When deciding on what travel vaccinations will be needed there are three primary things that need to be considered. Your past medical and vaccination history (which includes your general health, age and other physical factors), where you are going and what you will be doing there. These three things will determine the strength of the recommendation for any given vaccines.

For example if two travellers are heading to the same tropical country with the same list of needed vaccines, the one who is spending just a few days there staying in an air conditioned hotel in a major city will not require the same vaccines as the next traveller who will be spending months volunteering with animals in a rural community. There is also the fact that there are regional outbreaks and local conditions specific to each country to take into account, such as the current prevalence of rabies and the lack of vaccine stock in Bali which  strengthens the recommendation for that vaccine considerably.

This is why it is important to seek out qualified, specialist advice.

Travel Vaccinations.

do I need travel vaccinations

Hepatitis A.

Hepatitis A is a serious viral infection that can cause liver problems or even failure. This is a virus present in faeces and is usually caught by consuming contaminated food or water. It is common throughout Asia, Africa and Central and South America.

The vaccination is recommended for travel anywhere, but is particularly recommended to those travelling to any developing country where sanitation is poor. Good personal hygiene and hand washing – especially before eating – is also important to prevent the disease.

This single dose vaccination should be administered at least 2 weeks before travel, and a further reinforcing dose will be required 6 to 12 months later. Once you have it the duration of immunity can be up to 20 years. You can also get this as  combined vaccination with hepatitis B or Typhoid.

Common side effects include a sore injection site, and occassionally a little tiredness or a high temperature. These symptoms are temporary.

Hepatitis B.

Hepatitis B is an often symptomless viral infection that can cause serious long term damage to the liver, but unlike Hepatitis A this is transmitted from person to person through the exchange of bodily fluids, so basically anyone getting a tattoo or having sex is at risk.

The vaccination comes in three individual doses administered by injection. These have to be timed with the second injection given a month after the first injection and the final one 5 months later. This can be given as an accelerated dose at a minimum of two weeks after the second injection.

A booster will be required 5 years after the vaccination.

Common side effects include a sore injection site, and occasionally a little tiredness. These symptoms are temporary.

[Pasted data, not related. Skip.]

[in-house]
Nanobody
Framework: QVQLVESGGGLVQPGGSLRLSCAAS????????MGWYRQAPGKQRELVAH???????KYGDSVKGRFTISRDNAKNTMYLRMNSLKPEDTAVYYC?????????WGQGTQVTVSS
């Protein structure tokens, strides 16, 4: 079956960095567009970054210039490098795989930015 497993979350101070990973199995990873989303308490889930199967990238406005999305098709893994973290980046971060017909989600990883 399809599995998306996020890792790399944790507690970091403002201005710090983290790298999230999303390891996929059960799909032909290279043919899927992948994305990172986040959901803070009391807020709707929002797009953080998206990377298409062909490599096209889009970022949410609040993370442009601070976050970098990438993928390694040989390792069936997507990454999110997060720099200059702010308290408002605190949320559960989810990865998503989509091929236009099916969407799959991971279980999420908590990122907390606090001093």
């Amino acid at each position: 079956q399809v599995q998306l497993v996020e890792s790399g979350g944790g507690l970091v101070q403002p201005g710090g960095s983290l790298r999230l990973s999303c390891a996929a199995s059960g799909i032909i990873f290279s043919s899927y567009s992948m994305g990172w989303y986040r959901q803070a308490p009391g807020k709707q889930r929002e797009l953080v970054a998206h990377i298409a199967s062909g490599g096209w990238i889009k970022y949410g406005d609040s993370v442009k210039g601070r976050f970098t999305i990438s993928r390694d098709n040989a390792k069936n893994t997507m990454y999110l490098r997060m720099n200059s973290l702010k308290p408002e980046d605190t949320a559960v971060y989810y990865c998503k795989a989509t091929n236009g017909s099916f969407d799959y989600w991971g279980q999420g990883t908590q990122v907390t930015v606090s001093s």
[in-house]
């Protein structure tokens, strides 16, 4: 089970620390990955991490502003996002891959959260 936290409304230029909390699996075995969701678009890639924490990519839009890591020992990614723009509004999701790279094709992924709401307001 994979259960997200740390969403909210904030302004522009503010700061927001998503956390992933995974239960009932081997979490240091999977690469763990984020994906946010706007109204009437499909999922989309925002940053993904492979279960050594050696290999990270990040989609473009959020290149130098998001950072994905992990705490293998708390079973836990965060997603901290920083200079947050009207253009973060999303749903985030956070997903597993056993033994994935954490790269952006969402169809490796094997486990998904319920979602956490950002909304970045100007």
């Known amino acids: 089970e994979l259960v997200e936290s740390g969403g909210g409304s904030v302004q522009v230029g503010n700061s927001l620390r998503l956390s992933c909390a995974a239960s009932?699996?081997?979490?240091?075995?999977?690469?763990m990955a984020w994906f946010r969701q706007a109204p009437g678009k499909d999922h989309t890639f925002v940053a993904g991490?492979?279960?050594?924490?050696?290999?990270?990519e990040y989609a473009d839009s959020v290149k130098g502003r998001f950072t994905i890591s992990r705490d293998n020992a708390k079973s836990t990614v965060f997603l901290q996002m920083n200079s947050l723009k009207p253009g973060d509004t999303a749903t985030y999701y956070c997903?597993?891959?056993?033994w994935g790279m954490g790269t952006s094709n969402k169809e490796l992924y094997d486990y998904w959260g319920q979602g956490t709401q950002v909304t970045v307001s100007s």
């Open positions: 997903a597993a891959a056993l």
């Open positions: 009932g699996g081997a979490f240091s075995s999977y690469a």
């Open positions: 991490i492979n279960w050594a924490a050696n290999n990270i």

Cholera.

Cholera is a bacterial infection that is spread by contaminated food and water in areas with poor sanitation. It is rare in backpackers and is not often recommended as a vaccine, but is recommended to volunteers or those heading to rural areas where the disease is present for long periods of time, in particular, slum or refugee areas or conflict zones where access to medical facilities is limited. Outbreaks occur sporadically throughout the world.

The cholera vaccine is mixed with water and given orally as a drink. You should avoid eating, drinking or taking oral medication for an hour before and after having the vaccination. Two doses of the vaccine taken 1 to 6 weeks apart are needed to protect against cholera for two years. After this, a booster is required if you continue to be at risk.

Rabies.

Rabies is a viral infection that is present worldwide and is spread through the bite or saliva of an infected animal (especially if you have open wounds such as a cut or graze).There is no treatment or cure for rabies, and if you become symptomatic it is almost always fatal.

For many countries it is not recommended at all, and it is only a sometimes recommended vaccine for most travellers. However, the vaccine becomes strongly recommended for any traveller who falls into an at risk group, including those who are travelling for extended periods or conducting activities that may expose them to the disease in areas with rabies and will have limited access to immediate post exposure medical facilities. It is also recommended for those volunteering or working with animals.

The pre exposure vaccine is administered in three doses via an intramuscular injection. You need to start these injections at least one full month before travelling. The second dose will be given 1 week after the first, and then the final dose will be given 21 – 28 days after the first.